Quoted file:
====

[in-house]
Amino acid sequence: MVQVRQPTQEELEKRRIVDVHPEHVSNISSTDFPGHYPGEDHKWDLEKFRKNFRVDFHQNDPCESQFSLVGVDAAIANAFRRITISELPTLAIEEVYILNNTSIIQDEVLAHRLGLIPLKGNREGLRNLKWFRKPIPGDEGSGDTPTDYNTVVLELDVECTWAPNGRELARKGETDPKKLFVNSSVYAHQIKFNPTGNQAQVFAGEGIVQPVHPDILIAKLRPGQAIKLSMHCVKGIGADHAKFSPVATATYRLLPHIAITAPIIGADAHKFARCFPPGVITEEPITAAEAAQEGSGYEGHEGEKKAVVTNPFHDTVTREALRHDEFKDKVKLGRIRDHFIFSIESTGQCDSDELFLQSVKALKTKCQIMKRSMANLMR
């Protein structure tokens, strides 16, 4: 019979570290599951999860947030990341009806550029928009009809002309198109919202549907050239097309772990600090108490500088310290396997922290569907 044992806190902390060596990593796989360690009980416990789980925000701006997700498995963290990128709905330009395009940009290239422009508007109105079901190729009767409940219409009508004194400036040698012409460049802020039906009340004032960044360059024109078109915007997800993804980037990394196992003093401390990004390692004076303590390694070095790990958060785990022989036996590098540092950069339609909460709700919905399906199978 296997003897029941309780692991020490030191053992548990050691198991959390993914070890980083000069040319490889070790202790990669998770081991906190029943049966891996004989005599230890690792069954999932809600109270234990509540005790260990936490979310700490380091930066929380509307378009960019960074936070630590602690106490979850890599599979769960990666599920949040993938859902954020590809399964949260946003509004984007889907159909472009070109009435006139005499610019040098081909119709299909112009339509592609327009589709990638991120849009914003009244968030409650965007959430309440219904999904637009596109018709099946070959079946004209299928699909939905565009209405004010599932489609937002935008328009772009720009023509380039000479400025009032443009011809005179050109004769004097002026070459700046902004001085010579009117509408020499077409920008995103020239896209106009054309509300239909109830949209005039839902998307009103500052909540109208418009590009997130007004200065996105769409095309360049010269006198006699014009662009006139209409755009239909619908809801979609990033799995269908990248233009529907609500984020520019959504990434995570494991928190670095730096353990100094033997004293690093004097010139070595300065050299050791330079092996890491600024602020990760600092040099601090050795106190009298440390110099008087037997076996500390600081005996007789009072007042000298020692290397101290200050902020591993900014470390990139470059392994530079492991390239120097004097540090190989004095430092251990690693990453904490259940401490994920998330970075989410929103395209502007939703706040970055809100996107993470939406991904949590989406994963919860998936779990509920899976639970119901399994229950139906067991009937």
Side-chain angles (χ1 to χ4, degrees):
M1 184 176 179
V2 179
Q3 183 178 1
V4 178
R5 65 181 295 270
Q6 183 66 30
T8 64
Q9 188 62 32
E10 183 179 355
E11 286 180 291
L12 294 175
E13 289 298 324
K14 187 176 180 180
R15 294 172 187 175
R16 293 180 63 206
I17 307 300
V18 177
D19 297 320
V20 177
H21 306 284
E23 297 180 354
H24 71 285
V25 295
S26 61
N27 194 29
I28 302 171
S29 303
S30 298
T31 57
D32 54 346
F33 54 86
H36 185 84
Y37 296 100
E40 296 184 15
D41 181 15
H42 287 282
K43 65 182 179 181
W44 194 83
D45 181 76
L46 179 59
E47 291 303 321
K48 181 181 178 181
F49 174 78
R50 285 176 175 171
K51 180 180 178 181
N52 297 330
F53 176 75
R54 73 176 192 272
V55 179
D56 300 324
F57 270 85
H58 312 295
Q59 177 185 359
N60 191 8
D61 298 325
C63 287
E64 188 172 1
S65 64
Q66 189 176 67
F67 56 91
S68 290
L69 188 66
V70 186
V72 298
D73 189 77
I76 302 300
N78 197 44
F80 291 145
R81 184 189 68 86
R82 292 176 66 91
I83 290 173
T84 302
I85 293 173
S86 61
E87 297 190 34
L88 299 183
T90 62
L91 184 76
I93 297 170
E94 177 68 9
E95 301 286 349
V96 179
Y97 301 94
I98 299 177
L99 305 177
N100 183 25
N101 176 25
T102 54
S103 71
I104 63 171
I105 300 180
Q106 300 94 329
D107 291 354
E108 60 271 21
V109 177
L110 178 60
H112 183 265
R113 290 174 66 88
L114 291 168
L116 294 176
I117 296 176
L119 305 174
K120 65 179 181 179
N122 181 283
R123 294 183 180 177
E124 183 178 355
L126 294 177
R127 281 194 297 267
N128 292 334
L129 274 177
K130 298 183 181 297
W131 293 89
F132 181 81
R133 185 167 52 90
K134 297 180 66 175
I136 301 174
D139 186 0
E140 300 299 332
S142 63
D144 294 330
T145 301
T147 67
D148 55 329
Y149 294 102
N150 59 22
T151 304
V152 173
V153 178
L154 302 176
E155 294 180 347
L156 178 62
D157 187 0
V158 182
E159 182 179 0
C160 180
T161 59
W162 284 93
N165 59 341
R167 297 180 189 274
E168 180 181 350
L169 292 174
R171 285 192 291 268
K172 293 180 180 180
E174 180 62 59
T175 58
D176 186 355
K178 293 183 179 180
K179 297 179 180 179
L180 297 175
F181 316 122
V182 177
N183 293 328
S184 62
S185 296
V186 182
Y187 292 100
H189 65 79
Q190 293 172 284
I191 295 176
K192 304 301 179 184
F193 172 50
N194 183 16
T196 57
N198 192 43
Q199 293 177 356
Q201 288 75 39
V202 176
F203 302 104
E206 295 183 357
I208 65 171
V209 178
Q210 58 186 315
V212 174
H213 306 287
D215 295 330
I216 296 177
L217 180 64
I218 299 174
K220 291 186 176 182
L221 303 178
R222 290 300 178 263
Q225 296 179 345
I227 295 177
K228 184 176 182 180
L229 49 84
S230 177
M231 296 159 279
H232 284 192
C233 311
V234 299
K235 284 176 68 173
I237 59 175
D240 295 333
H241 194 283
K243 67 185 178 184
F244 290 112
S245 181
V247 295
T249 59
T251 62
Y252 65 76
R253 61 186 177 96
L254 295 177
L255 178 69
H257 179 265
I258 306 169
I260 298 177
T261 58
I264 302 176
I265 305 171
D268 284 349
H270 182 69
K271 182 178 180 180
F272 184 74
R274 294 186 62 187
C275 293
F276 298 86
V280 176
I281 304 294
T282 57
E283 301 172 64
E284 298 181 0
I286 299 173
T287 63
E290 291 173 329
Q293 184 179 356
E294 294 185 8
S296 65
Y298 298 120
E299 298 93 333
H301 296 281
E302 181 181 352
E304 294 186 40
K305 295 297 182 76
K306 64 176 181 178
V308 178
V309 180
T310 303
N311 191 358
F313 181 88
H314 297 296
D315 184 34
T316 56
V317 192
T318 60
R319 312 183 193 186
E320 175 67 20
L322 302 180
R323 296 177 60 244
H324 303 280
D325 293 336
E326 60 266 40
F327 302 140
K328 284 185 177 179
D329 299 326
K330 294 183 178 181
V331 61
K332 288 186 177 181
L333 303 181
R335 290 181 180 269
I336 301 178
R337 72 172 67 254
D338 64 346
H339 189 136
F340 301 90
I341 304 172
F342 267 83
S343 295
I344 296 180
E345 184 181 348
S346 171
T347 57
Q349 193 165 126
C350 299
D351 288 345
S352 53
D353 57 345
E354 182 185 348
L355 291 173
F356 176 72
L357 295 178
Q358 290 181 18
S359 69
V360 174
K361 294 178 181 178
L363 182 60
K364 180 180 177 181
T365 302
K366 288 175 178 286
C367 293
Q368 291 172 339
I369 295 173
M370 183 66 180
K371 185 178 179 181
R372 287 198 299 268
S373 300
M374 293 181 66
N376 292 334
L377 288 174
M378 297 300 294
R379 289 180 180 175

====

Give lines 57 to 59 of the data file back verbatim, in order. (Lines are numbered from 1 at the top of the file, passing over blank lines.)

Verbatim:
Q59 177 185 359
N60 191 8
D61 298 325